Nathan Vaillancort: I'd be lucky if it's even a profile picture. Usually, it's just an initial.
Kyle Pearce: There you go, just the initials of a student. And just how uncomfortable that is, when you don't get to hear and see, and essentially use all of your senses, like you get in the face to face classroom, right? Where you can see students' facial expressions, and get their gestures and just their body language, it really tells you so much. It's really a part of the assessment process that I don't think we give much weight to, but we probably should, based on all of the experience we all have in these online environments.
So I'm wondering, you've mentioned like having a little bit of a struggle, I know that Jon and I always come back to talking about more important than the task itself is definitely looking at the questioning and how we introduce an idea, more so than let's say the context being super flashy. And I know, if you go and look at a lot of three-act math tasks, for example, which Jon and I, for many years have used those, and we still love that structure.
The context itself, I don't think matters nearly as much as how we ask the question. So I'm wondering, is there any way you can share? It sounds like what you've done so far, as you had mentioned, non curricular tasks. Do you have any thoughts on what does it look like now that you've sort of shifted your attention more towards curricular focus tasks? And where those hiccups are? Is it bumping into trying to find a specific task that is kind of ready to go, or is there a possibility that you might be able to find more, even out of your teacher guide or out of your textbook, and maybe sprinkle some curiosity dust over top of it?
Nathan Vaillancort: So I guess, maybe tasks isn't necessarily the right word. So, I'm not beholden to the idea of a three-act task type deal where there's necessarily a context behind it. What I really want kids to be doing as much as possible is doing some math. So it doesn't necessarily have to have a flashy context or whatever the case is, but as you say, the idea of the questioning aspect, being able to ask a good question in such a way that they can start working on something right away. And that we can sort of get to the learning goal afterwards so we can consolidate at the end. So the idea of flipping the classroom the other way, doing the work up front, and consolidating near the end. So trying to find that line of questioning, I guess, that allows them to get to work on something as quickly as possible, was giving me some issues.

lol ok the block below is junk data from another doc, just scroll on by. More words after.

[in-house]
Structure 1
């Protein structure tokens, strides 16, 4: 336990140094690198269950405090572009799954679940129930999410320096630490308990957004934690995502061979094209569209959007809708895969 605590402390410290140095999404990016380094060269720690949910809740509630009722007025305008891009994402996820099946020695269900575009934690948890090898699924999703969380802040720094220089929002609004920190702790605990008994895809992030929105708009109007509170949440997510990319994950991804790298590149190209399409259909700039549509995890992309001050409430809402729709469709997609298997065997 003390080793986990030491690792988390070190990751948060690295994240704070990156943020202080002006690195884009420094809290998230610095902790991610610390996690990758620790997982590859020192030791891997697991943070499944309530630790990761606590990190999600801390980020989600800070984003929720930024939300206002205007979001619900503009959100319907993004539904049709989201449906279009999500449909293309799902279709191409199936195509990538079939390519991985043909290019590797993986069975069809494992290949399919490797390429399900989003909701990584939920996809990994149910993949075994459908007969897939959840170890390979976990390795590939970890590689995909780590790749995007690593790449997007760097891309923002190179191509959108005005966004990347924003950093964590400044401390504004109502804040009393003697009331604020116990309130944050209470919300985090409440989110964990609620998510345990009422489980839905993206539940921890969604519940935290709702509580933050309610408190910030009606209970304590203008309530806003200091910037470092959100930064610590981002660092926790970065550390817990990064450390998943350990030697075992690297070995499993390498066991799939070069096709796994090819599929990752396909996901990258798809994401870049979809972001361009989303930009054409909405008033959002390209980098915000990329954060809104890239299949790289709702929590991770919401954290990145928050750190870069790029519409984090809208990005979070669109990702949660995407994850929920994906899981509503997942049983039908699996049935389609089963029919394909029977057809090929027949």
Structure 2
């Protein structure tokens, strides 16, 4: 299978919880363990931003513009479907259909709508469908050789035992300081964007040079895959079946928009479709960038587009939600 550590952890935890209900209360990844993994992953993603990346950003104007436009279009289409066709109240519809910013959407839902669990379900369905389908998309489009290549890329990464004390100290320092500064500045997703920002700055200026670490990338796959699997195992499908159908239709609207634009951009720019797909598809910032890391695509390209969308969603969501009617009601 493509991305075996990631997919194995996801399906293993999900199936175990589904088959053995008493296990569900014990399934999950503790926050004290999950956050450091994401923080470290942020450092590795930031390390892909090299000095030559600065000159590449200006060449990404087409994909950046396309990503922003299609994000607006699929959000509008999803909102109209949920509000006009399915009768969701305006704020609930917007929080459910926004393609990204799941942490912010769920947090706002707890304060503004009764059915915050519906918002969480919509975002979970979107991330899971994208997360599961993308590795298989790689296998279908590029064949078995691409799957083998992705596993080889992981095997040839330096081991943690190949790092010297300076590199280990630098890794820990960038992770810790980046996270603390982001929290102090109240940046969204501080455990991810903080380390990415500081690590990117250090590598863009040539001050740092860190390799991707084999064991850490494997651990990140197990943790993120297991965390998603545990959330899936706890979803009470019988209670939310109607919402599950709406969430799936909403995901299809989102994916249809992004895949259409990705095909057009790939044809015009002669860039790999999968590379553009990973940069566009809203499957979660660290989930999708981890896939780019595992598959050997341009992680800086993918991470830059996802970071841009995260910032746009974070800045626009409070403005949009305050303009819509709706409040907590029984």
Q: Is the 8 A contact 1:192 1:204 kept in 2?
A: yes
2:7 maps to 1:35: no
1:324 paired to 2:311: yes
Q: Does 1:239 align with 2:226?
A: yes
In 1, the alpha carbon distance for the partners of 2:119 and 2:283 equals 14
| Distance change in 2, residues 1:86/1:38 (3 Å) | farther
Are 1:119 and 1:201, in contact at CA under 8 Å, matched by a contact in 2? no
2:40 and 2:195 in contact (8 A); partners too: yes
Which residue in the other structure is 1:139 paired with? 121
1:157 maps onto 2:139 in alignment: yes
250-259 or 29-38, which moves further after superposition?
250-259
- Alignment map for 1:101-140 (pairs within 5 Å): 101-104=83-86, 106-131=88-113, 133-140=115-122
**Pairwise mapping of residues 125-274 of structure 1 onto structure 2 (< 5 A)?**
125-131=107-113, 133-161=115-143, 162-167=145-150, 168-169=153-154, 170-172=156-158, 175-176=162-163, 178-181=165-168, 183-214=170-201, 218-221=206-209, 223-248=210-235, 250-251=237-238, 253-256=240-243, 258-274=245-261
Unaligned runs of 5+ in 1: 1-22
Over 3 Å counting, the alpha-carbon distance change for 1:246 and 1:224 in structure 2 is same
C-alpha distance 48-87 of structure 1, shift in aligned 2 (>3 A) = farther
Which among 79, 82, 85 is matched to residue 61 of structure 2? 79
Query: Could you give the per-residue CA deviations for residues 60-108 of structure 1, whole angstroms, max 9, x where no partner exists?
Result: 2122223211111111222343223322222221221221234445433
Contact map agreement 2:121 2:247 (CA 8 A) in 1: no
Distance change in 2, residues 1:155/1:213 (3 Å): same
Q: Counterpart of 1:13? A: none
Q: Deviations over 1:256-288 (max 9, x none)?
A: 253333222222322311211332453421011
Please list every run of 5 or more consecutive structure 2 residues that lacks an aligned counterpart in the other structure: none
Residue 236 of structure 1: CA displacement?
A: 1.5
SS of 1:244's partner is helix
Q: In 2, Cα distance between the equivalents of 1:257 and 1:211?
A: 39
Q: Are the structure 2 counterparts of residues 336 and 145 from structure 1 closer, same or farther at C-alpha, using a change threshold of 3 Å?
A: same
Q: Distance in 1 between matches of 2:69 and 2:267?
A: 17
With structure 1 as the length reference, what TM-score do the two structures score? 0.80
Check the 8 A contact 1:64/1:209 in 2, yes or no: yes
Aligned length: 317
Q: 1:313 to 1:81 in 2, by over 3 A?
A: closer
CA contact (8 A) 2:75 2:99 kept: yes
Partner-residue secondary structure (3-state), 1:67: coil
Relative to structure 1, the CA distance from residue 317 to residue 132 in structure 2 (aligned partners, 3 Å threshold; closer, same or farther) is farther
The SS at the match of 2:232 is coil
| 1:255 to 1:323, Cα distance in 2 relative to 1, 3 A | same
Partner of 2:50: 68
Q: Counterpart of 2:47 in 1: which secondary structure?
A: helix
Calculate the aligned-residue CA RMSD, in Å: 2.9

Jon Orr: What have you tried that way so far in that kind of getting them to work on a set of problems or a problem, and then it brings out what you need to talk about? It sounds like you've tried something like that. But what was your success level with that so far?
Nathan Vaillancort: I tried to, early on, we're still doing mostly review from what they have done in grade 10. So with a little bit easier in that respect with material that they have seen before. So we're starting with trigonometry, which they all should have done in grade 10. We all know how that goes. So we were giving them a couple of triangles. And basically, I asked them, right, so what information can you tell me about this triangle?
So there were a couple of sides labeled, a couple of angles labeled. And it was basically here go at it, what can you tell me about it? What information can you deduce, calculate, whatever it is about these triangles, and basically sent them off that way. And I found that a little bit easier with something like that, where they had some exposure to it prior as we go along, and we come up with some things that are maybe new to them. That's where I am dreading, I guess.
Jon Orr: I think we got some suggestions here for you. I've had some success. And I feel pretty good about working with my senior level courses and generating engagement. Because it looks, I think, a lot different than what we do with our nines in our grade eights. And those classes, because there's a wealth of proportion problems, or a wealth of linear and measurement problems just waiting for us to kind of use in our classrooms. But when you get into those senior classes, it's tough.
We've chatted about this on the podcast few times. And we'll point you to a couple episodes that we talked, because we talked about a problem strings, where you kind of set up a series of questions that they can work on at the boards, which is great for Peter's kind of thinking classroom that kids can, this progression of problems as they get tougher and tougher, by the end of the progression, if you structure it right, they're working the whole hour or the whole time. And then you're being there as a guide, and answering questions along the way. And you're not actually doing examples, they're doing the examples you might have done anyway. But they're doing them first. And if you structure them low floor enough that they can get into it, then by the end of that progression, you've kind off-taught the lesson, which is what I've been using in my senior classes more regularly than, say three-act math tasks, because there's not a lot of those.